Read more: How does bushfire smoke affect our health? 6 things you need to know

Smoke shrouds Parliament House
Air quality in Canberra was the worst in the world after the Black Summer fires. Lukas Coch/AAP

How To Avoid Catastrophe

The report acknowledges that limiting global temperatures to 1.5℃ this century is now extremely difficult. Achieving net-zero global emissions by 2050 is the absolute minimum required to to avoid the worst climate impacts.

Australia is well positioned to contribute to this global challenge. We have a well-developed industrial base, skilled workforce and vast sources of renewable energy.

But Australia must also pursue far more substantial emissions reduction. Under the Paris deal, we’ve pledged to reduce emissions by 26-28% between 2005 and 2030. Given the multiple and accelerating climate threats Australia faces, we must scale up this pledge. We must also display the international leadership and collaboration required to set Earth on a safer climate trajectory.

Our report recommends Australia immediately do the following:

  1. join global leaders in increasing actions to urgently tackle and solve climate change

  2. develop strategies to meet the challenges of extreme events that are increasing in intensity, frequency and scale

  3. improve our understanding of climate impacts, including tipping points and the compounding effects of multiple stressors at global warming of 2℃ or more

  4. systematically explore how food production and supply systems should prepare for climate change

  5. better understand the impacts and risks of climate change for the health of Australians

  6. introduce policies to deliver deep and rapid cuts in emissions across the economy

  7. scale up the development and implementation of low- to zero-emissions technologies

  8. review Australia’s capacity and flexibility to take up innovations and technology breakthroughs for transitioning to a low-emissions future

  9. develop a better understanding of climate solutions through dialogue with Aboriginal and Torres Strait Islander peoples – particularly strategies that helped people manage Australian ecosystems for tens of thousands of years

  10. continue to build adaptation strategies and greater commitment for meeting the challenges of change already in the climate system.

We don’t have much time to avert catastrophe. This decade must be transformational, and one where we choose a safer future.

The report upon which this article is based, The Risks to Australia of a 3°C Warmer World, was authored and reviewed by 21 experts.

Read more: Climate crisis: keeping hope of 1.5°C limit alive is vital to spurring global action The Conversation

Ove Hoegh-Guldberg, Professor, The University of Queensland and Lesley Hughes, Professor, Department of Biological Sciences, Macquarie University

This article is republished from The Conversation under a Creative Commons license. Read the original article.

Like the ocean’s ‘gut flora’: we sailed from Antarctica to the equator to learn how bacteria affect ocean health

Eric Jorden RaesDalhousie University

Aboard an Australian research vessel, the RV Investigator, we sailed for 63 days from Antarctica’s ice edge to the warm equator in the South Pacific and collected 387 water samples.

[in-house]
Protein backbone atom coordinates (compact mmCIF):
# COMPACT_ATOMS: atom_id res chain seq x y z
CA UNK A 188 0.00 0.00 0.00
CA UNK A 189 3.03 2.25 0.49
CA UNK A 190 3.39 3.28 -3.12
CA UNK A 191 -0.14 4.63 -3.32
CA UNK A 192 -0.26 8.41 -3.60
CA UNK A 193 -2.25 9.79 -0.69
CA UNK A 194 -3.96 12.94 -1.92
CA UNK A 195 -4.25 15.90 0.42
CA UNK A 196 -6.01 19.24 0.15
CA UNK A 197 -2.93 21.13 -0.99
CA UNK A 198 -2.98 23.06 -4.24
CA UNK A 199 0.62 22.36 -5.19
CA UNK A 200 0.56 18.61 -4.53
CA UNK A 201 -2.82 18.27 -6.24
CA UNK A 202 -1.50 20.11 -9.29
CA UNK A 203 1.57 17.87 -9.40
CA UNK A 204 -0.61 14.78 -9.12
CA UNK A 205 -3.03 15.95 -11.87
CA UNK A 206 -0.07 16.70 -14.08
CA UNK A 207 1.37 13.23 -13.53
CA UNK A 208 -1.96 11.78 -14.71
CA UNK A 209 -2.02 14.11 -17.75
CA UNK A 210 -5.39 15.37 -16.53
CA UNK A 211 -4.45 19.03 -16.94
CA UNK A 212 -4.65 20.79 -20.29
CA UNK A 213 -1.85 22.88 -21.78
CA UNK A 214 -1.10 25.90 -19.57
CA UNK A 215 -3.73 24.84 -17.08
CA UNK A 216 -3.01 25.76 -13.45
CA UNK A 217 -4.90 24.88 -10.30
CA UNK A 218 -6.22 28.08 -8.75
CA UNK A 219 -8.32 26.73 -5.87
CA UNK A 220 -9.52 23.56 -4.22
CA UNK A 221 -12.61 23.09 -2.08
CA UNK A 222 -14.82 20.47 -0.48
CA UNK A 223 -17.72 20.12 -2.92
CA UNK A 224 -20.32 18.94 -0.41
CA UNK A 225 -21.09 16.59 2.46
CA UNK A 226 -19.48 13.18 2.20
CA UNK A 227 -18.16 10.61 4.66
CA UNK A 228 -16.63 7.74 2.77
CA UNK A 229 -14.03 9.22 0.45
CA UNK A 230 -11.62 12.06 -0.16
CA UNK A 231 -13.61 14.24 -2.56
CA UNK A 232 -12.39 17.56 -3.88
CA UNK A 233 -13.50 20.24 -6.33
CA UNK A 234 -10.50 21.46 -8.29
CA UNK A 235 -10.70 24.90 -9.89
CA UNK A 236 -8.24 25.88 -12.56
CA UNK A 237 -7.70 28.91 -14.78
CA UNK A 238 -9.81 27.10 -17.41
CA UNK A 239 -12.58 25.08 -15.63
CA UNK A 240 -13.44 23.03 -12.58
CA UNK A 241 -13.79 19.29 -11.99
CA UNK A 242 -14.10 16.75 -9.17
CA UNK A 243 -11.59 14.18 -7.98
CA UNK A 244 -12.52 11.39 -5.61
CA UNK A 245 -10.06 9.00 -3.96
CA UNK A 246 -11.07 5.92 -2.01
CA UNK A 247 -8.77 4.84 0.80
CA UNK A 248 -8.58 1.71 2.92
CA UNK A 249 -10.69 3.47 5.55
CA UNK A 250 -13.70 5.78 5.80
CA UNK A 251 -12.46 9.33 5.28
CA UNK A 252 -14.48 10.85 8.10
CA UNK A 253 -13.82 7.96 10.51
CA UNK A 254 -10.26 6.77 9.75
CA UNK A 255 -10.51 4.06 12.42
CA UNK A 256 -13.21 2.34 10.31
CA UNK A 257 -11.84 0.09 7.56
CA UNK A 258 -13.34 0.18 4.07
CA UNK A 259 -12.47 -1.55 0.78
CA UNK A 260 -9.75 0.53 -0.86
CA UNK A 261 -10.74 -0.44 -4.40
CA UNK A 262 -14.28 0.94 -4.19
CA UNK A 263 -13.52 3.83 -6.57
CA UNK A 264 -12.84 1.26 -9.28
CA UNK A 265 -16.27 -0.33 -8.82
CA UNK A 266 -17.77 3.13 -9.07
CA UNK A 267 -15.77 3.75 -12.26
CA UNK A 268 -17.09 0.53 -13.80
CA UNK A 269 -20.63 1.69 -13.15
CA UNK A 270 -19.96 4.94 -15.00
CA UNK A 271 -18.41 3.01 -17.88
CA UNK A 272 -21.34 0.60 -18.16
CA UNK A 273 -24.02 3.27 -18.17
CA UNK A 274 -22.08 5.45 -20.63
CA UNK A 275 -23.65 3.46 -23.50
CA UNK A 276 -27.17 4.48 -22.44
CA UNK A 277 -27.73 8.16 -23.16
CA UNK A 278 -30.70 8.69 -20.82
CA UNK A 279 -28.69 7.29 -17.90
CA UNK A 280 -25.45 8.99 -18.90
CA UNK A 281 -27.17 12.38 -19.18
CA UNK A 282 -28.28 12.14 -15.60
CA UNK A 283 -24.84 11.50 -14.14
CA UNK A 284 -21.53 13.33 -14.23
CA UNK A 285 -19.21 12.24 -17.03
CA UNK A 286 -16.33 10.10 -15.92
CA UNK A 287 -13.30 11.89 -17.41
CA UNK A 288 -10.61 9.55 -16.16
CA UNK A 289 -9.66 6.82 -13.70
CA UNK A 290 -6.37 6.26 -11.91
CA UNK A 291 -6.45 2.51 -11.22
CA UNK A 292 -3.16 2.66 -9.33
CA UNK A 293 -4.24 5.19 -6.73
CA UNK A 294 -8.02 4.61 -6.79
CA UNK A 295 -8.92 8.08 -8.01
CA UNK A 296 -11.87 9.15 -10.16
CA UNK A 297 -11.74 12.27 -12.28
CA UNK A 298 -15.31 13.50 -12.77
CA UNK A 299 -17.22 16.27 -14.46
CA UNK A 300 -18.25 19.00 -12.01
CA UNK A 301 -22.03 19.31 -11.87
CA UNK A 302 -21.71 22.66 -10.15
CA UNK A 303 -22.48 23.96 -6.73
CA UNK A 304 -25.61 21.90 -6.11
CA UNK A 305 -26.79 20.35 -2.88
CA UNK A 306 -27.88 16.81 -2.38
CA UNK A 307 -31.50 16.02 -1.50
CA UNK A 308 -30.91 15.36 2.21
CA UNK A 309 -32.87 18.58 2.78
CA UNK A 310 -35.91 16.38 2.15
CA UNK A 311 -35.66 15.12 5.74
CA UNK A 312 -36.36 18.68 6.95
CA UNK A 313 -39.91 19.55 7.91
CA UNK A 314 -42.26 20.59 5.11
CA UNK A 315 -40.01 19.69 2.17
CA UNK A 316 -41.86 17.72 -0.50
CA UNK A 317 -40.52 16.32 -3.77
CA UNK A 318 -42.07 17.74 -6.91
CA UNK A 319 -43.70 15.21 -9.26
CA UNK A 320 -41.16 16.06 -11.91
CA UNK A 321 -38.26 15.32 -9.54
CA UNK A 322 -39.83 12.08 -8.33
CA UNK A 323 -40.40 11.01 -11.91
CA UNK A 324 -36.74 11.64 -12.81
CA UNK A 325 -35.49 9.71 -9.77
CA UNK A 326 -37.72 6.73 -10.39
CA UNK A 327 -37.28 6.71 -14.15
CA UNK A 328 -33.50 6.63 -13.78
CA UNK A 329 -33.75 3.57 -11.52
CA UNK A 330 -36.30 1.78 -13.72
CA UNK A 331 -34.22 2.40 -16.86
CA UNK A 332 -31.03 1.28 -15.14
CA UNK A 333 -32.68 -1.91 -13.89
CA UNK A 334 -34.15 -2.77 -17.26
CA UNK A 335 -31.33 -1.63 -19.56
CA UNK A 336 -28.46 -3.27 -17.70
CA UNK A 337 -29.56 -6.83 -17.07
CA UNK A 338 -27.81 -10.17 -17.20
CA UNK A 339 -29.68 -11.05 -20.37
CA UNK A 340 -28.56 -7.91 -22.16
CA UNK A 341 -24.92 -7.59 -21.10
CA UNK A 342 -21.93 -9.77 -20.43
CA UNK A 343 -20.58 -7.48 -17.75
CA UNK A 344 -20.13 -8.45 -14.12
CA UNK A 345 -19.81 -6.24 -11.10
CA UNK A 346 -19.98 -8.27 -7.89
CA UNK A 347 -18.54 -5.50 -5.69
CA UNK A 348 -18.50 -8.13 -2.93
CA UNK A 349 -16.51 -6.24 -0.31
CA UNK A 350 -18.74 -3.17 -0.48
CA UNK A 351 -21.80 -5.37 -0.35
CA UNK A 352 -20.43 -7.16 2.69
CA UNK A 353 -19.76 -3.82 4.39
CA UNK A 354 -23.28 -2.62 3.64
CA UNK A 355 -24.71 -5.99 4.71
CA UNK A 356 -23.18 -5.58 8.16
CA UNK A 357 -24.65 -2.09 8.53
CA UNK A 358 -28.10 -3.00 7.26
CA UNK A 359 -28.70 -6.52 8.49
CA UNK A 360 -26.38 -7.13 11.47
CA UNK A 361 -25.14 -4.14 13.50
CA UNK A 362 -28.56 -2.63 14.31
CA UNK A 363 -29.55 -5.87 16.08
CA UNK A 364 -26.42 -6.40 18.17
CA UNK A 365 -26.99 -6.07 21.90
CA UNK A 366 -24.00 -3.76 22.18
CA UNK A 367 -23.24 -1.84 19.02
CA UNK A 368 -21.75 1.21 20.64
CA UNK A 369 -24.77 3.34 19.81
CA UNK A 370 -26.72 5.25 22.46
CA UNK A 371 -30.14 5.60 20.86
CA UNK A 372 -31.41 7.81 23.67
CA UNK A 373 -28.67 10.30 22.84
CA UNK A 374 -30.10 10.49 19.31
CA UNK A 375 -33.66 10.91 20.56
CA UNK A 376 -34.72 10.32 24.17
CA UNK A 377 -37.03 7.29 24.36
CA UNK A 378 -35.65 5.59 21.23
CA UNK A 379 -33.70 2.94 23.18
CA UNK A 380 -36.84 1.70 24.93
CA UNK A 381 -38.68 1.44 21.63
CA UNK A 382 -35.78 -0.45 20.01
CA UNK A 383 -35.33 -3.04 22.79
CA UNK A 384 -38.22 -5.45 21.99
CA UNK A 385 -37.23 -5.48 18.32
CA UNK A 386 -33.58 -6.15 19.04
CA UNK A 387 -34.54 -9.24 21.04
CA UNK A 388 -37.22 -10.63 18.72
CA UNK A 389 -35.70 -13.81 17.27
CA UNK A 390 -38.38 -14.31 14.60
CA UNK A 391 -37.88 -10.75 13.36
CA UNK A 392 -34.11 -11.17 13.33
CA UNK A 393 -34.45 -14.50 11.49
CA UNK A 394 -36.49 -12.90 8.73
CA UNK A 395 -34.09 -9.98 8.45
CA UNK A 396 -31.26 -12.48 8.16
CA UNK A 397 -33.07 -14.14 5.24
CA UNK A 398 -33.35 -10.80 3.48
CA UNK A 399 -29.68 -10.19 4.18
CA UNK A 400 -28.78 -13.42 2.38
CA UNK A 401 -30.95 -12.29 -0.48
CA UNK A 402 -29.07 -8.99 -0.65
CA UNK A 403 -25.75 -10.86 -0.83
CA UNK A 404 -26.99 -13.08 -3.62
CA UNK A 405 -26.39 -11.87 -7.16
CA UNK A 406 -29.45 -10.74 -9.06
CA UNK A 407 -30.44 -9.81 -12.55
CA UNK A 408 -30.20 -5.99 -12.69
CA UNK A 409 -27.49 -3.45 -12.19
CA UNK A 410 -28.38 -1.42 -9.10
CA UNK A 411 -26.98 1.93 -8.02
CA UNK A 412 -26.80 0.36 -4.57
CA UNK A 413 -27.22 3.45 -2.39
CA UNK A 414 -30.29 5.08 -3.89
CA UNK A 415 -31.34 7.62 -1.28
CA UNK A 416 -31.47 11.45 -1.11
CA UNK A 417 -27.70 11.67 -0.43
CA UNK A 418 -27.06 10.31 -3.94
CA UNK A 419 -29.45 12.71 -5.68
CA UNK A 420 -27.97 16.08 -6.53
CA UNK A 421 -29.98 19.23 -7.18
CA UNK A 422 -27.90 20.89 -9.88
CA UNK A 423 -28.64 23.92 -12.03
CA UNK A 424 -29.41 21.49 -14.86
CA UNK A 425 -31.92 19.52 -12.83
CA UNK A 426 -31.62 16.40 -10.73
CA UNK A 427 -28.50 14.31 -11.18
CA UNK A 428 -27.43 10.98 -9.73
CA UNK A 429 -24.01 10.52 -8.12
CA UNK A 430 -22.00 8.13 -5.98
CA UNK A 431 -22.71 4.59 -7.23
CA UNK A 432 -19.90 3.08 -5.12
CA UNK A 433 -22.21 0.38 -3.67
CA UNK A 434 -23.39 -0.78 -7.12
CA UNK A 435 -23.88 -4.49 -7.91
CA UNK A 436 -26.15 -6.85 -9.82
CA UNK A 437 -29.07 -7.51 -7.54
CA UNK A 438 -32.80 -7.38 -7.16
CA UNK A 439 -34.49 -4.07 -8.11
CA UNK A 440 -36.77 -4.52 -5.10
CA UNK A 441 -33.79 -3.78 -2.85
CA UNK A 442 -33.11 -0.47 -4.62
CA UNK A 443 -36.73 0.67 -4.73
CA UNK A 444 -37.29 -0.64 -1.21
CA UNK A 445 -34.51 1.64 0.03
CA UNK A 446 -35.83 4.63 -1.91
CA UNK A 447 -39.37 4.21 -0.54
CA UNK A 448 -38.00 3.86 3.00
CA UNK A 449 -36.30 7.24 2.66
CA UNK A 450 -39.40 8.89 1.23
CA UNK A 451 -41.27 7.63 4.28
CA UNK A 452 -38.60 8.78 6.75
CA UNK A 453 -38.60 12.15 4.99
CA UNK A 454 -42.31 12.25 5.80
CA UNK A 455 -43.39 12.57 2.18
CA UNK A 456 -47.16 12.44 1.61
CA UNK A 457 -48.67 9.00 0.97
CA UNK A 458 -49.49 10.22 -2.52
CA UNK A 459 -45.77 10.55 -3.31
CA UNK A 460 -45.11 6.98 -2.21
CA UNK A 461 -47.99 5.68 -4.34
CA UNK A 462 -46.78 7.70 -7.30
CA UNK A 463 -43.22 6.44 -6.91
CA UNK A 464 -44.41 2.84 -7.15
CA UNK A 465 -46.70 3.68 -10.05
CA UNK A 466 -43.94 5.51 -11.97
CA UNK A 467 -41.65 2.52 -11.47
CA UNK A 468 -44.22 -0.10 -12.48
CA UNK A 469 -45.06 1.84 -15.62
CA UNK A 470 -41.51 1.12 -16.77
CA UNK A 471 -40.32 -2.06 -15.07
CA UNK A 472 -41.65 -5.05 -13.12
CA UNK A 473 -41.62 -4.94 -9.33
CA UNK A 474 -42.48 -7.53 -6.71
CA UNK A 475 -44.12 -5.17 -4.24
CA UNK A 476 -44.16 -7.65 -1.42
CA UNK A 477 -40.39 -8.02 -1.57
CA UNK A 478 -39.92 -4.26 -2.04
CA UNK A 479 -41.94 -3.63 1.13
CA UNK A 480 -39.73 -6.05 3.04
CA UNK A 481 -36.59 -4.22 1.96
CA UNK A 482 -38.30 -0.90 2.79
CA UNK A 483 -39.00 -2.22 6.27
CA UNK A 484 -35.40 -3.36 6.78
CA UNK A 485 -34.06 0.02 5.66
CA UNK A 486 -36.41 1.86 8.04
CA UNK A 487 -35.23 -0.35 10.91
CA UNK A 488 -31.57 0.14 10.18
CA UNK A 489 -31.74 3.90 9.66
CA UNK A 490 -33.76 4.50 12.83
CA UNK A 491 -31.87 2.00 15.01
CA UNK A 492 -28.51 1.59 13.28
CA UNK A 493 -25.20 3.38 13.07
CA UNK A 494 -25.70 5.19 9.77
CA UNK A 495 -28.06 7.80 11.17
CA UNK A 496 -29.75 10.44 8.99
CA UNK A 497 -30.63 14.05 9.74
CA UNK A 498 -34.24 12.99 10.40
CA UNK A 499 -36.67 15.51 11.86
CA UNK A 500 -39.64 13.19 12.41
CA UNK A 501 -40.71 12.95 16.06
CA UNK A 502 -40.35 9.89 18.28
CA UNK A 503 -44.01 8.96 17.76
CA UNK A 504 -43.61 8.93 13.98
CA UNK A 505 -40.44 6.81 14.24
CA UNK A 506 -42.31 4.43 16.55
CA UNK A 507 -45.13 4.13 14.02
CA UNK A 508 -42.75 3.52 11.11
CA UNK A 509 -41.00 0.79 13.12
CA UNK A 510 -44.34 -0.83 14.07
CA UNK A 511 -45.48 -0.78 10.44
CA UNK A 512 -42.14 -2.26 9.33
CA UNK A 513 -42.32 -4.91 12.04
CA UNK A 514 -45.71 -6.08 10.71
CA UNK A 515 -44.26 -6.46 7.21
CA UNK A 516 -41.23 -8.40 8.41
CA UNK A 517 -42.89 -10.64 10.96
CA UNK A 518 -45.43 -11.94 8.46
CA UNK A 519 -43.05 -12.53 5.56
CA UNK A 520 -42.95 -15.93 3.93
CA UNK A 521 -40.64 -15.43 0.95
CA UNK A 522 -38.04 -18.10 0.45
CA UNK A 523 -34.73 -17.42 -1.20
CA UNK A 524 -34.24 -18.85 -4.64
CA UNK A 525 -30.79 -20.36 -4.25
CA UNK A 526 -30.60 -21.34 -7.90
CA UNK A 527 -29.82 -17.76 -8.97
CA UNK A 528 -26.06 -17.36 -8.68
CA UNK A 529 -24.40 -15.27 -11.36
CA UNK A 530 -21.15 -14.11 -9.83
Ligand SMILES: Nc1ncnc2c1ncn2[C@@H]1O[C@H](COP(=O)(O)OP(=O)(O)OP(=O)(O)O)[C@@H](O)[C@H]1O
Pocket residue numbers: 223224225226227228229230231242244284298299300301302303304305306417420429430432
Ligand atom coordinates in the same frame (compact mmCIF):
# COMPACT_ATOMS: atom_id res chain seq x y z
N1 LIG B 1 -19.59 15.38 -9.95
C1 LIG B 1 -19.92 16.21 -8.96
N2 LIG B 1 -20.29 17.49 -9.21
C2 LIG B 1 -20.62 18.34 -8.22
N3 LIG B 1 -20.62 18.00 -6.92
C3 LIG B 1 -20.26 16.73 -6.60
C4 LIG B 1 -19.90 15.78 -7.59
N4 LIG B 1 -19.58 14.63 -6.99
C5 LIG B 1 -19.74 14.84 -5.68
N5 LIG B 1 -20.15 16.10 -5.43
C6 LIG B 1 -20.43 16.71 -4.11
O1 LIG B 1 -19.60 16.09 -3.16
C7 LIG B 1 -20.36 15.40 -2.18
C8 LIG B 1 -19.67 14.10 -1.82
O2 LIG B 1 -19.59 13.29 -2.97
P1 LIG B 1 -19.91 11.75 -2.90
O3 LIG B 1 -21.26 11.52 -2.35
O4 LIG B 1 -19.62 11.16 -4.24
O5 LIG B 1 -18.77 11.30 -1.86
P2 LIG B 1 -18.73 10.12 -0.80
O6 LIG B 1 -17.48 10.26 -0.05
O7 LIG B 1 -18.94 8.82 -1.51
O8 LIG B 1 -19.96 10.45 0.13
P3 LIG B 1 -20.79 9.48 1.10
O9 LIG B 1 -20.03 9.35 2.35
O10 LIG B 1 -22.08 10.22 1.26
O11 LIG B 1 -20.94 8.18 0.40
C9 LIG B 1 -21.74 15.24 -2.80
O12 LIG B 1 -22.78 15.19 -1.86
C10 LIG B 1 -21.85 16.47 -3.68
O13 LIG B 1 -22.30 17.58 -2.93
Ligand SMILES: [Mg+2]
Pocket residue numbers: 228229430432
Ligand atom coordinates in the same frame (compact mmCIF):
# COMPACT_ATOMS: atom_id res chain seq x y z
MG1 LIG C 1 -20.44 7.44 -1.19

Our goal? To determine how the genetic code of thousands of different micro-organisms can provide insights into the ocean’s functional diversity — the range of tasks performed by bacteria in the ocean.

Our research was published yesterday in Nature Communications. It showed how bacteria can help us measure shifts in energy production at the base of the food web. These results are important, as they highlight an emerging opportunity to use genetic data for large-scale ecosystem assessments in different marine environments.

In light of our rapidly changing climate, this kind of information is critical, as it will allow us to unpack the complexity of nature step by step. Ultimately, it will help us mitigate human pressures to protect and restore our precious marine ecosystems.

Why Should We Care About Marine Bacteria?

The oceans cover 71% of our planet and sustain life on Earth. In the upper 100 meters, the sunlit part of the oceans, microscopic life is abundant. In fact, it’s responsible for producing up to 50% of all the oxygen in the world.

A whale breaches the ocean
Marine bacteria provide the energy and food for the entire marine food web, from tiny crustaceans to whales. Shutterstock

Much like the link recently established between human health and the human microbiome (“gut flora”), ocean health is largely controlled by its bacterial inhabitants.

But the role of bacteria go beyond oxygen production. Bacteria sustain, inject and control the fluxes of energy, nutrients and organic matter in our oceans. They provide the energy and food for the entire marine food web, from tiny crustaceans to fish larvae, whales and the fish we eat.

These micro-organisms also execute key roles in numerous biogeochemical cycles (the carbon, nitrogen, phosphorus, sulphur and iron cycles, to name a few).

So, it’s important to quantify their various tasks and understand how the different bacterial species and their functions respond to environmental changes.

Fundamental Questions

Global ocean research initiatives — such as GO-SHIP and GEOTRACES — have been measuring the state of oceans in expeditions like ours for decades. They survey temperature, salinity, nutrients, trace metals (iron, cobalt and more) and other essential ocean variables.

Only recently, however, have these programs begun measuring biological variables, such as bacterial gene data, in their global sampling expeditions.